According to the press release, “Participants reporting low carbohydrate intake were the most likely to develop AFib.” Taking a closer look at that, again it was participants reporting a low carbohydrate intake—the truth is, we don’t know for sure what the participants consumed, so it may be somewhat misleading and irresponsible to make the leap that low carb diets are “tied to” AFib, as the title of the press release suggests. Never mind that the study contradicts itself: it’s stated clearly that the lowest observed risk for AFib was associated with a carbohydrate intake proportion of 39%-61%. So at least some participants with the lowest risk for AFib fell into the lowest carbohydrate intake tertile, at 39% of total calories.
If you read more closely, the details come through a bit more clearly. Lead author Xiaodong Zhuang, MD, PhD, acknowledged that “while the research shows an association, it cannot prove cause and effect. A randomized controlled trial would be needed to confirm the relationship between carbohydrate intake and AFib and assess the effect in a more ethnically diverse population.”
It’s odd that ketogenic diets would be associated with a heart arrhythmia when in most respects, keto has been shown to beneficial for cardiovascular health. The triglyceride-to-HDL ratio is a powerful predictor of cardiovascular disease, coronary heart disease and all-cause mortality, and carbohydrate restriction reliably improves this ratio while also favorably affecting other cardiovascular risk factors.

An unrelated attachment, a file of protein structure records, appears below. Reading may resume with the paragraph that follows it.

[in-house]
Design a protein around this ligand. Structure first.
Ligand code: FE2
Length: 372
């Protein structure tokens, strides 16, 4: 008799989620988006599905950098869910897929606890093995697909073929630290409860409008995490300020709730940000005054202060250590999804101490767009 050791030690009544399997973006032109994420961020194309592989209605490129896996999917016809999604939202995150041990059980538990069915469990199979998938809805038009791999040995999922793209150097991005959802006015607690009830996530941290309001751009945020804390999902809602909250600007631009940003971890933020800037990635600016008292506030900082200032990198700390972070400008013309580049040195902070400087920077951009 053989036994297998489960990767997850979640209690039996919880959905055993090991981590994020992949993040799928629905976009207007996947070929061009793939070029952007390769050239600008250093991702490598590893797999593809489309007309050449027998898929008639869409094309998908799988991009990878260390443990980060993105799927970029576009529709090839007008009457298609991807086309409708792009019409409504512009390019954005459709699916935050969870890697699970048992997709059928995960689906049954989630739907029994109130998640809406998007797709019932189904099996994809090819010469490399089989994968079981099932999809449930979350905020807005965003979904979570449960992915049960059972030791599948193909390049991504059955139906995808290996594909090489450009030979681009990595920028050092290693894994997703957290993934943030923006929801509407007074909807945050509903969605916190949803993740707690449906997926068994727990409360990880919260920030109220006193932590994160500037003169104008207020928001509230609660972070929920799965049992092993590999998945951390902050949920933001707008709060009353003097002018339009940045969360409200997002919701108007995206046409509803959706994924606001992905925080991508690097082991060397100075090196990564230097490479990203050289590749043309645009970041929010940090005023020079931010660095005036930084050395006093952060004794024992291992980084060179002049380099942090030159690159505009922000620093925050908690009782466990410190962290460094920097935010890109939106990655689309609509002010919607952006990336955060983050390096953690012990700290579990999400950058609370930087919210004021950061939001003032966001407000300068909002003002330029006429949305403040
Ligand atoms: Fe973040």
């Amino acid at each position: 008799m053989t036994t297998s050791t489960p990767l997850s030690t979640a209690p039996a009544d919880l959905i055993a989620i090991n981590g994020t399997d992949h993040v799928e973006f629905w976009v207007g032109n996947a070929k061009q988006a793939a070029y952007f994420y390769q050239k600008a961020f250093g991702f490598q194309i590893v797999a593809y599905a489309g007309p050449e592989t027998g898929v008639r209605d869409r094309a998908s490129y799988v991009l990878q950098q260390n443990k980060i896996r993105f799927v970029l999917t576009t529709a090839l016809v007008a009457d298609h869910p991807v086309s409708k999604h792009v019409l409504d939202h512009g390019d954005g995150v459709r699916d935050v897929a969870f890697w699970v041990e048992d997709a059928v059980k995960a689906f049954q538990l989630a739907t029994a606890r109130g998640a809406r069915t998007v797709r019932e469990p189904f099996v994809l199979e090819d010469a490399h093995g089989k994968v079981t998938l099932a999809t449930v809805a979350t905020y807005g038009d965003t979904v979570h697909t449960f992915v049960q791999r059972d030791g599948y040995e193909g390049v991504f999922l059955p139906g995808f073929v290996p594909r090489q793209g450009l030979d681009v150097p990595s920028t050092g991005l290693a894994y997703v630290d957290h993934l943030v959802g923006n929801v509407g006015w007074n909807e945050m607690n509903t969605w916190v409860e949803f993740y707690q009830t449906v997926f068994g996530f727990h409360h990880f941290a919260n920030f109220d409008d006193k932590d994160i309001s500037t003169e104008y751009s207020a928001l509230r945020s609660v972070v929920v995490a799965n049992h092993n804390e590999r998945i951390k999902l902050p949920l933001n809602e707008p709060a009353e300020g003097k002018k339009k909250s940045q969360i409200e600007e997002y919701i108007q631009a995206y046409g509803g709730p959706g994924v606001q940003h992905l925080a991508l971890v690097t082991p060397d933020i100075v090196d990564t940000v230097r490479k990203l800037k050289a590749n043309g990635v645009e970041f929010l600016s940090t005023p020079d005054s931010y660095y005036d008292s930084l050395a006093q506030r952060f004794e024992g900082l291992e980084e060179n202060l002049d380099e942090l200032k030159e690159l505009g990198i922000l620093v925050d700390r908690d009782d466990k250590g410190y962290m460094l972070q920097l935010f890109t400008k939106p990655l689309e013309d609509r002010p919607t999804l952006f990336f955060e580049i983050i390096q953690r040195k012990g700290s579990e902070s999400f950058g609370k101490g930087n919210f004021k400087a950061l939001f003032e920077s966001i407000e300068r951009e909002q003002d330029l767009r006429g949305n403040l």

A study from March of this year found that patients with heart failure and reduced ejection fraction (HFrEF) show increased myocardial use of beta-hydroxybutyrate (BOHB), one of the ketone bodies generated on a ketogenic diet. (It’s also available now as a supplement, typically in powdered form that can be added to water.) Infusion of BOHB in these patients resulted in increased cardiac output and left ventricular ejection fraction, leading the study authors to conclude, “3-OHB may potentially constitute a novel treatment principle in HFrEF patients.”
This shouldn’t have been a big surprise, as it’s known that cardiomyocytes are one of the largest consumers of ketone bodies, along with skeletal muscle cells and neurons. In fact, the myocardium is the highest ketone body consumer per unit mass. Low-carbohydrate diets may have cardioprotective effects through multiple mechanisms, potentially including an increased number of myocardial mitochondria, decreased oxidative stress, and maintaining ubiquinone in the oxidized state. Additionally, ketone body oxidation is even more energetically efficient than fatty acid oxidation, with fatty acids being the main fuel for the heart.
Dr. Zhuang speculated that low-carb diets increase oxidative stress, which is associated with AFib. Other researchers have shown that ketogenic diets—the lowest of low-carb diets—reduce oxidative stress. Zhuang also speculated that people following low-carb diets may be consuming fewer fruits, vegetables and whole grains, which could result in inflammation, another factor associated with AFib. However, ketogenic diets need not be low in vegetables and some fruits, and moreover, ketogenic diets have been shown to be anti-inflammatory.
It may be premature to completely dismiss a potential link between lower carbohydrate intakes and increased risk for AFib, but this study was based entirely on food intake questionnaires—actual food intake was never measured, so we have no way of knowing how many participants—if any—were truly following a “low-carb” diet. A controlled clinical trial would be needed to replicate these findings and perhaps to elucidate a mechanism by which reducing carbohydrate intake could increase AFib risk, rather than vague speculation about inflammation and oxidative stress, particularly considering that carbohydrate restriction has beneficial impacts on atherogenic dyslipidemia and other cardiovascular risk markers.